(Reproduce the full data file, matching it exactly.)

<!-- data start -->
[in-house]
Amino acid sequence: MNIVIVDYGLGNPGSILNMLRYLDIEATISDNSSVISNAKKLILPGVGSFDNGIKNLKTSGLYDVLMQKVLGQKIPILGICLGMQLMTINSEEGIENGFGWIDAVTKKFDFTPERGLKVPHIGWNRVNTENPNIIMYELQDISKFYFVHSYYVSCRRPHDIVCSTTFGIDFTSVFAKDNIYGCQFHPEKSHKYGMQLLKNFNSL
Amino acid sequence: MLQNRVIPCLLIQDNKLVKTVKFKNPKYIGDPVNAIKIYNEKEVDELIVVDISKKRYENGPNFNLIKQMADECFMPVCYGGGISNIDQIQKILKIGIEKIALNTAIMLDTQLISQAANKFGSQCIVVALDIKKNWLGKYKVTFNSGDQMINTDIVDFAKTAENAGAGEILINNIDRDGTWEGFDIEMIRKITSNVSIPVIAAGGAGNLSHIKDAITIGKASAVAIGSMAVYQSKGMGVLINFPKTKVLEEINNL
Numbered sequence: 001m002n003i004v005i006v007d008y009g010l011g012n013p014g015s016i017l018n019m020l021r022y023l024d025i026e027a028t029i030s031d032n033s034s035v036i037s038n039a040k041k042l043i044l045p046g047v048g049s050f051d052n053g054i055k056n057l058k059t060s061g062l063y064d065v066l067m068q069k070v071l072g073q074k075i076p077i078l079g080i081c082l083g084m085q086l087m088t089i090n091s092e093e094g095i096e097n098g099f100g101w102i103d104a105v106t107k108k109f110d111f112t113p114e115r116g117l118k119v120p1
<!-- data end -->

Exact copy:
[in-house]
Amino acid sequence: MNIVIVDYGLGNPGSILNMLRYLDIEATISDNSSVISNAKKLILPGVGSFDNGIKNLKTSGLYDVLMQKVLGQKIPILGICLGMQLMTINSEEGIENGFGWIDAVTKKFDFTPERGLKVPHIGWNRVNTENPNIIMYELQDISKFYFVHSYYVSCRRPHDIVCSTTFGIDFTSVFAKDNIYGCQFHPEKSHKYGMQLLKNFNSL
Amino acid sequence: MLQNRVIPCLLIQDNKLVKTVKFKNPKYIGDPVNAIKIYNEKEVDELIVVDISKKRYENGPNFNLIKQMADECFMPVCYGGGISNIDQIQKILKIGIEKIALNTAIMLDTQLISQAANKFGSQCIVVALDIKKNWLGKYKVTFNSGDQMINTDIVDFAKTAENAGAGEILINNIDRDGTWEGFDIEMIRKITSNVSIPVIAAGGAGNLSHIKDAITIGKASAVAIGSMAVYQSKGMGVLINFPKTKVLEEINNL
Numbered sequence: 001m002n003i004v005i006v007d008y009g010l011g012n013p014g015s016i017l018n019m020l021r022y023l024d025i026e027a028t029i030s031d032n033s034s035v036i037s038n039a040k041k042l043i044l045p046g047v048g049s050f051d052n053g054i055k056n057l058k059t060s061g062l063y064d065v066l067m068q069k070v071l072g073q074k075i076p077i078l079g080i081c082l083g084m085q086l087m088t089i090n091s092e093e094g095i096e097n098g099f100g101w102i103d104a105v106t107k108k109f110d111f112t113p114e115r116g117l118k119v120p1